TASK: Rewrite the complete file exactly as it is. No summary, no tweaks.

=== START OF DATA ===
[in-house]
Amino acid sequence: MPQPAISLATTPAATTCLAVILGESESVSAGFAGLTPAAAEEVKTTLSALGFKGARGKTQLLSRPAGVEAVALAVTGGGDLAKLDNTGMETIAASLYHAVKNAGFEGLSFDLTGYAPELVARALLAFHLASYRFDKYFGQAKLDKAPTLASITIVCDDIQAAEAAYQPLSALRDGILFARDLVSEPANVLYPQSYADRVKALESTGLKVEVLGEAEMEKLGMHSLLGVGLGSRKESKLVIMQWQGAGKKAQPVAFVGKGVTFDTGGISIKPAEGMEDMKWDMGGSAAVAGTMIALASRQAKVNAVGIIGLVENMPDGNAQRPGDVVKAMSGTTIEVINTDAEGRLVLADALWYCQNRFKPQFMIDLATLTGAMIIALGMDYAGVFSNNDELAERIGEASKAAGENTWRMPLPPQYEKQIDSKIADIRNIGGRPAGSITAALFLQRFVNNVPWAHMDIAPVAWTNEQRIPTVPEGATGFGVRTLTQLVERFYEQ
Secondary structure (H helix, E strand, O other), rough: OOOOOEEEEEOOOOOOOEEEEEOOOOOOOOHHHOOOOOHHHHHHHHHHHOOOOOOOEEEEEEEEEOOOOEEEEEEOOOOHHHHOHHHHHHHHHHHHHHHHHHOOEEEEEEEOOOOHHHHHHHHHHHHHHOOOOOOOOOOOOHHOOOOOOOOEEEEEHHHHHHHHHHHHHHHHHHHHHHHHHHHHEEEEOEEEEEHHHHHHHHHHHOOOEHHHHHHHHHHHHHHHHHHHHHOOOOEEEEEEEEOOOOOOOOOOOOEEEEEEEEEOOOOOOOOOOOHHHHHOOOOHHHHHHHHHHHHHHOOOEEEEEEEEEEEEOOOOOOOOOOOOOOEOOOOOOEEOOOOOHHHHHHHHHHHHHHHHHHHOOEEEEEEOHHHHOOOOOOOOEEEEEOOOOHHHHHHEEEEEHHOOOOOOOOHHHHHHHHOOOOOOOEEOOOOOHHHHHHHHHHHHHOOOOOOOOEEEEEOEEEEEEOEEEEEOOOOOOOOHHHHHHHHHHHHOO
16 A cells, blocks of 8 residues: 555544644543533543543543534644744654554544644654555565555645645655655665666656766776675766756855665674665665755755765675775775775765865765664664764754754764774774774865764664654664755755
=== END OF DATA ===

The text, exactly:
[in-house]
Amino acid sequence: MPQPAISLATTPAATTCLAVILGESESVSAGFAGLTPAAAEEVKTTLSALGFKGARGKTQLLSRPAGVEAVALAVTGGGDLAKLDNTGMETIAASLYHAVKNAGFEGLSFDLTGYAPELVARALLAFHLASYRFDKYFGQAKLDKAPTLASITIVCDDIQAAEAAYQPLSALRDGILFARDLVSEPANVLYPQSYADRVKALESTGLKVEVLGEAEMEKLGMHSLLGVGLGSRKESKLVIMQWQGAGKKAQPVAFVGKGVTFDTGGISIKPAEGMEDMKWDMGGSAAVAGTMIALASRQAKVNAVGIIGLVENMPDGNAQRPGDVVKAMSGTTIEVINTDAEGRLVLADALWYCQNRFKPQFMIDLATLTGAMIIALGMDYAGVFSNNDELAERIGEASKAAGENTWRMPLPPQYEKQIDSKIADIRNIGGRPAGSITAALFLQRFVNNVPWAHMDIAPVAWTNEQRIPTVPEGATGFGVRTLTQLVERFYEQ
Secondary structure (H helix, E strand, O other), rough: OOOOOEEEEEOOOOOOOEEEEEOOOOOOOOHHHOOOOOHHHHHHHHHHHOOOOOOOEEEEEEEEEOOOOEEEEEEOOOOHHHHOHHHHHHHHHHHHHHHHHHOOEEEEEEEOOOOHHHHHHHHHHHHHHOOOOOOOOOOOOHHOOOOOOOOEEEEEHHHHHHHHHHHHHHHHHHHHHHHHHHHHEEEEOEEEEEHHHHHHHHHHHOOOEHHHHHHHHHHHHHHHHHHHHHOOOOEEEEEEEEOOOOOOOOOOOOEEEEEEEEEOOOOOOOOOOOHHHHHOOOOHHHHHHHHHHHHHHOOOEEEEEEEEEEEEOOOOOOOOOOOOOOEOOOOOOEEOOOOOHHHHHHHHHHHHHHHHHHHOOEEEEEEOHHHHOOOOOOOOEEEEEOOOOHHHHHHEEEEEHHOOOOOOOOHHHHHHHHOOOOOOOEEOOOOOHHHHHHHHHHHHHOOOOOOOOEEEEEOEEEEEEOEEEEEOOOOOOOOHHHHHHHHHHHHOO
16 A cells, blocks of 8 residues: 555544644543533543543543534644744654554544644654555565555645645655655665666656766776675766756855665674665665755755765675775775775765865765664664764754754764774774774865764664654664755755